In part, the housing shortfall is also about central government failing over most of the past 26 years to use RMA powers to direct national standards and goals. Local councils have been left to make decisions with national implications, but in response mostly to local political pressures, aka Nimbyism.
“Wealthy people look after themselves in almost any circumstances,” says Murray Sherwin, chairman of the Productivity Commission, which has just delivered groundbreaking recommendations on urban planning and environmental law reform. “For poor people, the welfare losses and costs are very profound and long-lasting.”
Urban planning law needs to presume that population growth will occur and be provided for, he says. It may come as a surprise to many that it does not do so now.
The housing shortfall is also about the failure to train a workforce that can build houses quickly and well, and about the absence of a competitive, highly productive building industry.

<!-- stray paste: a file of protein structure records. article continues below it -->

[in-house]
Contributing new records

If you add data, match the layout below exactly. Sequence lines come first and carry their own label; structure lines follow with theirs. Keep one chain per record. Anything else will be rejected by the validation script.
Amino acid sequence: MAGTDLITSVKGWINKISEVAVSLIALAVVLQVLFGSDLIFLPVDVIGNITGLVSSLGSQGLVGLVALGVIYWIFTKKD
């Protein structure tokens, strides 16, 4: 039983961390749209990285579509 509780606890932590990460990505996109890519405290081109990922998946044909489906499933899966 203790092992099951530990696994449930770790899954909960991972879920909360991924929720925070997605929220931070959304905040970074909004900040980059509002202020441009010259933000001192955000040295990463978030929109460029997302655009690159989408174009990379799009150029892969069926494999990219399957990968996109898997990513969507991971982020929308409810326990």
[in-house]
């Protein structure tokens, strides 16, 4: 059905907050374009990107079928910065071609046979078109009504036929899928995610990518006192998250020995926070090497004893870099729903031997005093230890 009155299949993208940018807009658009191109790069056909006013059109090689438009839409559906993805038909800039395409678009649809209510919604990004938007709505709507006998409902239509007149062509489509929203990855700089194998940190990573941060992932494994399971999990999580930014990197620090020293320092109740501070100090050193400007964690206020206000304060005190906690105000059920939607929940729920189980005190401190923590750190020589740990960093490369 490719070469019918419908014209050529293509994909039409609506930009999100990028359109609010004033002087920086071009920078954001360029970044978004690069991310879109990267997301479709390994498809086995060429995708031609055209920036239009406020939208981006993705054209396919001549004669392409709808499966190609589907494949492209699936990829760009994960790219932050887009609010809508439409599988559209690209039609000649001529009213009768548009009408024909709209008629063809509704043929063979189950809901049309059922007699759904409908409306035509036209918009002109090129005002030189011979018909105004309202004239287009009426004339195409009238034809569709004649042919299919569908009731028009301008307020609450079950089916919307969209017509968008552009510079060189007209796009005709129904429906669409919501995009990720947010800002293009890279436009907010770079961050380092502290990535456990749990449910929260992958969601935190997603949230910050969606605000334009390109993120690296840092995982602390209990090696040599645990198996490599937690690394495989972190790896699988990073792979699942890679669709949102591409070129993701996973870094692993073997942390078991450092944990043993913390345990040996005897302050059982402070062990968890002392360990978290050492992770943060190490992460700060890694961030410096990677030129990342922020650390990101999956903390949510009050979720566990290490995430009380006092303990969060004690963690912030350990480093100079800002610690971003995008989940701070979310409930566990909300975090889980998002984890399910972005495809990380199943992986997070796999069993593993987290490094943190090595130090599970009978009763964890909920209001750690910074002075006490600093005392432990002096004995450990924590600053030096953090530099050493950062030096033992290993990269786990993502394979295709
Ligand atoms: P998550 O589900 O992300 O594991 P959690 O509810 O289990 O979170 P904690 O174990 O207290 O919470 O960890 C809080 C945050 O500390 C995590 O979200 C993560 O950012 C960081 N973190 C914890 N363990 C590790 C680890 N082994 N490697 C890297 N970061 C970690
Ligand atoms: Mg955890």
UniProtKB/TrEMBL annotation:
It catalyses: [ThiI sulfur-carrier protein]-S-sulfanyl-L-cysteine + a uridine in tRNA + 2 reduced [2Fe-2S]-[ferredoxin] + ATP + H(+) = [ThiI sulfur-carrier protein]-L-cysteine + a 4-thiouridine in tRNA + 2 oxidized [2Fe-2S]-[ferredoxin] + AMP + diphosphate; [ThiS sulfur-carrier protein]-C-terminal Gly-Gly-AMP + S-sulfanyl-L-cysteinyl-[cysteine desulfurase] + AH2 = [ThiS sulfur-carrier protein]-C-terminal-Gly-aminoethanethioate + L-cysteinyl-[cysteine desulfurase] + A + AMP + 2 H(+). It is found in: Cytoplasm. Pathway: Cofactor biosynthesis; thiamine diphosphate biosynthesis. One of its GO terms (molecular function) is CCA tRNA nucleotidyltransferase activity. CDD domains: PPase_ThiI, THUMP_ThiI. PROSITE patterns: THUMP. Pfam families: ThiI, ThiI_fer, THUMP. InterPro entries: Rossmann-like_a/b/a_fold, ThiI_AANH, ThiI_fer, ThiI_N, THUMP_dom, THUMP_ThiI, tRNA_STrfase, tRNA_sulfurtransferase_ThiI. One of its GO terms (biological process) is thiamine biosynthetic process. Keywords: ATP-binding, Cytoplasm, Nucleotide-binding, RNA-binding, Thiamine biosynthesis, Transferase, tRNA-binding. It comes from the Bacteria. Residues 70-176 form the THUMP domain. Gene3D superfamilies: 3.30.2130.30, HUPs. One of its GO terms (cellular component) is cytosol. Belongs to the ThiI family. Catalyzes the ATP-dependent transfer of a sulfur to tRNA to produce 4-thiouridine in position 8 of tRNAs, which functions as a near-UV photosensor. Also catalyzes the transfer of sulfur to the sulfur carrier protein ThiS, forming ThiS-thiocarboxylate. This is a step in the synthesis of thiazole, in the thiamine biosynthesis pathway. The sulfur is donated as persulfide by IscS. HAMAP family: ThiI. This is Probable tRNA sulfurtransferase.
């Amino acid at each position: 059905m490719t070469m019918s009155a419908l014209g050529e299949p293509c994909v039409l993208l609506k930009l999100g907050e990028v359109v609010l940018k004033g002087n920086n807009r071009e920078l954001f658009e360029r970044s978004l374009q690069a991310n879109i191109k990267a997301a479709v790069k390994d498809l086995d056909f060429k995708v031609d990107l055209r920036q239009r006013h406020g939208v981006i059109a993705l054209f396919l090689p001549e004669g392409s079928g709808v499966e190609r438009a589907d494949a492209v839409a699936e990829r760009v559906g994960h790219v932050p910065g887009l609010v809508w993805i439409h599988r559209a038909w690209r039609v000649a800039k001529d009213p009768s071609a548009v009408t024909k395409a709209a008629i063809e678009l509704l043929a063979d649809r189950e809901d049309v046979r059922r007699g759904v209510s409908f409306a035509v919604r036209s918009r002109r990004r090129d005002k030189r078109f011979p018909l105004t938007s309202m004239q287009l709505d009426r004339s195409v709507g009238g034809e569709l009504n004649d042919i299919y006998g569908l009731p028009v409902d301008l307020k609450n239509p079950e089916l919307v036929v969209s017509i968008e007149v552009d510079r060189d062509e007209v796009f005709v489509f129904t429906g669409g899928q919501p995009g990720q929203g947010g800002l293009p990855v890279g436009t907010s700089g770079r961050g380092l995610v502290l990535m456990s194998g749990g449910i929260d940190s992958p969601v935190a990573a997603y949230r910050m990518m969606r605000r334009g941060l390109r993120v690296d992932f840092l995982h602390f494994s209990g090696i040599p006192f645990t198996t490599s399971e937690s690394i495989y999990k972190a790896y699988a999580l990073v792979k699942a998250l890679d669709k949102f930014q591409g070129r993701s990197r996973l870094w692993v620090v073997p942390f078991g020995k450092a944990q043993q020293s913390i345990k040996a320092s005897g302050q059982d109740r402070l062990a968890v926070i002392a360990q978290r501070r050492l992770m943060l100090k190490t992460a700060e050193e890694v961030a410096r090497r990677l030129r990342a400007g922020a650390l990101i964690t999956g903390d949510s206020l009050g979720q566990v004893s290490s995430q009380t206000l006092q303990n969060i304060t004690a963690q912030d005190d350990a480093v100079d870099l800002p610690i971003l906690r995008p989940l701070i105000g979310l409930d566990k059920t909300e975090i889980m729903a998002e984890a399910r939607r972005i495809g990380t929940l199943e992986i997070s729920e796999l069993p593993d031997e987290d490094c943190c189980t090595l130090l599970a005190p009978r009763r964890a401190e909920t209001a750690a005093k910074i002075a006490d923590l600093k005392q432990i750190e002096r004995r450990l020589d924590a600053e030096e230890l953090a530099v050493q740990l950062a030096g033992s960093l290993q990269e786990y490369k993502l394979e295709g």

Instead, the construction industry is a drag on New Zealand’s already low productivity rates, which see the economy as a whole growing at 3%-plus a year while output per head of population is static or falling.
And when the Government invited German plasterboard giant Knauf to provide materials to the Christchurch rebuild and compete with the entrenched position of Fletcher Building-owned Winstone Wallboards, Knauf lost money and lasted barely a year.
Crucially, the housing shortfall is also about a broken local government financing system that actively discourages councils from pursuing growth because, as currently structured, growth doesn’t pay for itself, when ideally it should.
This article was first published in the April 22, 2017 issue of the New Zealand Listener.